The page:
The Architecture of Mud
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By Caterina Borelli
color, 52 min, 1999
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The Hadhramaut region in the south east of Yemen is well known for its mud brick architecture. Throughout the centuries, the population has developed very sophisticated building techniques and created a unique architectural environment. Spectacular structures such as ten-story mud brick tower houses rise up from the valley's floor. In interviews throughout the documentary, the masons describe their working techniques and the challenges they face with the introduction of new, imported building materials. The Architecture of Mud documents the vernacular architecture, the building craft and the society they belong to.
This documentary is an archival record for the Yemenis - and for the world - of a stunning architectural environment that is rapidly disappearing. Because it describes construction practices that are almost obsolete, it will be a valuable tool also to other cultures where earthen architecture is traditional. It could assist in the preservation of adobe sites in the American Southwest, Latin America, Africa, Europe and Middle Eastern archaeological excavations. This program was first shown in the villages where it was made. The response was very positive and copies were donated to the collection of the National Museum and the local Museum of Hadhramaut. The Architecture of Mud is intended for universities with curricula in Cultural Heritage Preservation, Architecture, Urban Studies and Planning, Middle East and Arabic Studies, and Visual Anthropology.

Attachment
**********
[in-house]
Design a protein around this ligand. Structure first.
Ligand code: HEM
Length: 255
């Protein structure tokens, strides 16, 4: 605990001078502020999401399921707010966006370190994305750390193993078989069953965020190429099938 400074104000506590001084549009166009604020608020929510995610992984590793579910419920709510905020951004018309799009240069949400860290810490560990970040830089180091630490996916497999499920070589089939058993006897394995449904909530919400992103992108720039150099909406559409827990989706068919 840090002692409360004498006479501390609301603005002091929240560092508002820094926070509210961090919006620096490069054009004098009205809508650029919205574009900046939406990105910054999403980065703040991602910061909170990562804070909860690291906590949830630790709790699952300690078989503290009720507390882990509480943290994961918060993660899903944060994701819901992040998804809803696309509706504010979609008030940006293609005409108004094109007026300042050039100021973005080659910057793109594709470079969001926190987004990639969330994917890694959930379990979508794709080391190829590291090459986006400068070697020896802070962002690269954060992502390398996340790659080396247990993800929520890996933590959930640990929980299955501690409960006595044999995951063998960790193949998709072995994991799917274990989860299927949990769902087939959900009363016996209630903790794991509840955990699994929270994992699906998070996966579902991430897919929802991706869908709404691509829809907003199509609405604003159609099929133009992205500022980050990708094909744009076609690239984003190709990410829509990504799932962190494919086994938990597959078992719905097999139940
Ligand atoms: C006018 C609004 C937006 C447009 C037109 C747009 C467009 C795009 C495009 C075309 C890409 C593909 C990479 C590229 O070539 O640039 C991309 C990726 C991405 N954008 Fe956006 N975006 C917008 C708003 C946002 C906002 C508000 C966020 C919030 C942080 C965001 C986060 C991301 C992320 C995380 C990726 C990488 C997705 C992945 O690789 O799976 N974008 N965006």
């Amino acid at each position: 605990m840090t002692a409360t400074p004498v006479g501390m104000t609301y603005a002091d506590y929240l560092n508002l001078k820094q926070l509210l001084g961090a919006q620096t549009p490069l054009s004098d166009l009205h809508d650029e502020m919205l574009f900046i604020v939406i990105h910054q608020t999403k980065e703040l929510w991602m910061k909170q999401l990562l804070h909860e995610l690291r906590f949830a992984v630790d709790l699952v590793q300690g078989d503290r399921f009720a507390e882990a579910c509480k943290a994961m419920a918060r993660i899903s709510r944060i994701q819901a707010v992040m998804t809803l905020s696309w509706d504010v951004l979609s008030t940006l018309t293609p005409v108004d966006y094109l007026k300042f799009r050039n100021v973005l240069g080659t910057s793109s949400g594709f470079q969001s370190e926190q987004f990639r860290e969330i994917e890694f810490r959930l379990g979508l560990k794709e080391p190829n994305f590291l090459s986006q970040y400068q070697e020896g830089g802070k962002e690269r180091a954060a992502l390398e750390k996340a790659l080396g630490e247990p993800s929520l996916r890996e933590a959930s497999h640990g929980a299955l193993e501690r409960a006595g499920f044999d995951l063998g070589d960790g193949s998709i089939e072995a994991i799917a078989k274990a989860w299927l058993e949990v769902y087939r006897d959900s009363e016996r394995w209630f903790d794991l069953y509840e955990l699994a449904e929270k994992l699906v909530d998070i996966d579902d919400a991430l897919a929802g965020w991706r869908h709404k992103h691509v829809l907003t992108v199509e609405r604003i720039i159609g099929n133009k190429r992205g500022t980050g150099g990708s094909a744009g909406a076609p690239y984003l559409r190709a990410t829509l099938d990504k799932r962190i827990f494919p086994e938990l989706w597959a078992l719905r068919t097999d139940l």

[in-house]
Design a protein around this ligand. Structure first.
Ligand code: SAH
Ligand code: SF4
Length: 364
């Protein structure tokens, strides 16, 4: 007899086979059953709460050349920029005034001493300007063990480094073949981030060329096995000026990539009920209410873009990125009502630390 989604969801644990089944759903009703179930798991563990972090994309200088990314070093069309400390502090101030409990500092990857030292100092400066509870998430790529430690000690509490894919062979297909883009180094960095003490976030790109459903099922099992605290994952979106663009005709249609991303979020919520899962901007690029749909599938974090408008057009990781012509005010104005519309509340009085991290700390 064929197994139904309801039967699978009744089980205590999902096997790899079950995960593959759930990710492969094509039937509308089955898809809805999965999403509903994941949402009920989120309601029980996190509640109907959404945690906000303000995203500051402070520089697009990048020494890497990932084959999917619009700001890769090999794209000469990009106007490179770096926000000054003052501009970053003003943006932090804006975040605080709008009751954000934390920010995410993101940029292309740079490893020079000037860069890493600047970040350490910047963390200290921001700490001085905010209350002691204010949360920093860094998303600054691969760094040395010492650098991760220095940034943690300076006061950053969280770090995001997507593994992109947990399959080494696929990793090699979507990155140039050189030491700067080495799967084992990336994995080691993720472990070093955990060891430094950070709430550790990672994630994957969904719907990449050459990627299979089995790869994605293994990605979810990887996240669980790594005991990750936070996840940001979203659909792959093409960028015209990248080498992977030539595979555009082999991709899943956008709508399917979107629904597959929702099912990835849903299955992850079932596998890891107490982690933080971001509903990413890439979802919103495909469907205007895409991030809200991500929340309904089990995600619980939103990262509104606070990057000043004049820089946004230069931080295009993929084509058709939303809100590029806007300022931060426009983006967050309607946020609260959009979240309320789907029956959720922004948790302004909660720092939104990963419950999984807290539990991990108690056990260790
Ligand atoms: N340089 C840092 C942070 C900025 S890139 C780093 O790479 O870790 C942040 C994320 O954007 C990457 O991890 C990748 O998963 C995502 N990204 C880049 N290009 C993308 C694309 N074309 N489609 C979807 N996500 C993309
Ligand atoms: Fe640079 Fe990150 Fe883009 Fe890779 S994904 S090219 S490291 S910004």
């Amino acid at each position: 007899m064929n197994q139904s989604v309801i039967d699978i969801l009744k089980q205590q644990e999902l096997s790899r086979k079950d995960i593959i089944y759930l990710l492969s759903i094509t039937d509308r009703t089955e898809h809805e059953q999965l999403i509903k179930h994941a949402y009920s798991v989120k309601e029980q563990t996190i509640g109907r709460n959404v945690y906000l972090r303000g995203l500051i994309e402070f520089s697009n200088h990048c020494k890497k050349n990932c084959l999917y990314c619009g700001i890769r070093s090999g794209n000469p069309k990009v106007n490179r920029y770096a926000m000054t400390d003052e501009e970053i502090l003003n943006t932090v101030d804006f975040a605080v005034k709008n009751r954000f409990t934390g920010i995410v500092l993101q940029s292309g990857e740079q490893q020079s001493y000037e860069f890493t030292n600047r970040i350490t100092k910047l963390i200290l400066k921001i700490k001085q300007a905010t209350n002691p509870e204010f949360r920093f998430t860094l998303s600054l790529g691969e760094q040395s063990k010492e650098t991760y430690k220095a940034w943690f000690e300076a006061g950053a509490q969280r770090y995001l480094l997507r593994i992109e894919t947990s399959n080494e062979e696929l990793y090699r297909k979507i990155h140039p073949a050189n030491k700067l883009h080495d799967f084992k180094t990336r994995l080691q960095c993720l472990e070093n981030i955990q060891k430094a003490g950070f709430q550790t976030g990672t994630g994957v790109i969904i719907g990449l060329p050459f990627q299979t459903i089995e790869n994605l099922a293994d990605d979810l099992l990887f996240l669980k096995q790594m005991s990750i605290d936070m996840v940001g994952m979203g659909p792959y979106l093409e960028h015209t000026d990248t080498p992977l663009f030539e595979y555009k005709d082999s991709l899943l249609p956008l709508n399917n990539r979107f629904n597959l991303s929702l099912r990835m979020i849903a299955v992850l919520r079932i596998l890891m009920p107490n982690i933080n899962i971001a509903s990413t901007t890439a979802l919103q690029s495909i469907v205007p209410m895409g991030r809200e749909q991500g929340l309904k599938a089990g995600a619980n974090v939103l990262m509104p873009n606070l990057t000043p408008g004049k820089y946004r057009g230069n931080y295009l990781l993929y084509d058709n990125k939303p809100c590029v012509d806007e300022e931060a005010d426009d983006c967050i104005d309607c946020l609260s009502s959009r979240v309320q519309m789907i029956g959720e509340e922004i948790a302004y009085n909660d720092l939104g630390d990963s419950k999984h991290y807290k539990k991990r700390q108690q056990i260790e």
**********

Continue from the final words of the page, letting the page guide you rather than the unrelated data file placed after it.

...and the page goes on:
Click here to read a review by Dr. Enrico Fodde.
Film Festivals, Screenings, Awards
Middle Eastern Studies Association Film Festival 1999
Museum of Modern Art, New York, 1999
United Nations, New York, 2000
The Environmental Festival, Washington, DC
Pacific Film Archives, 2000
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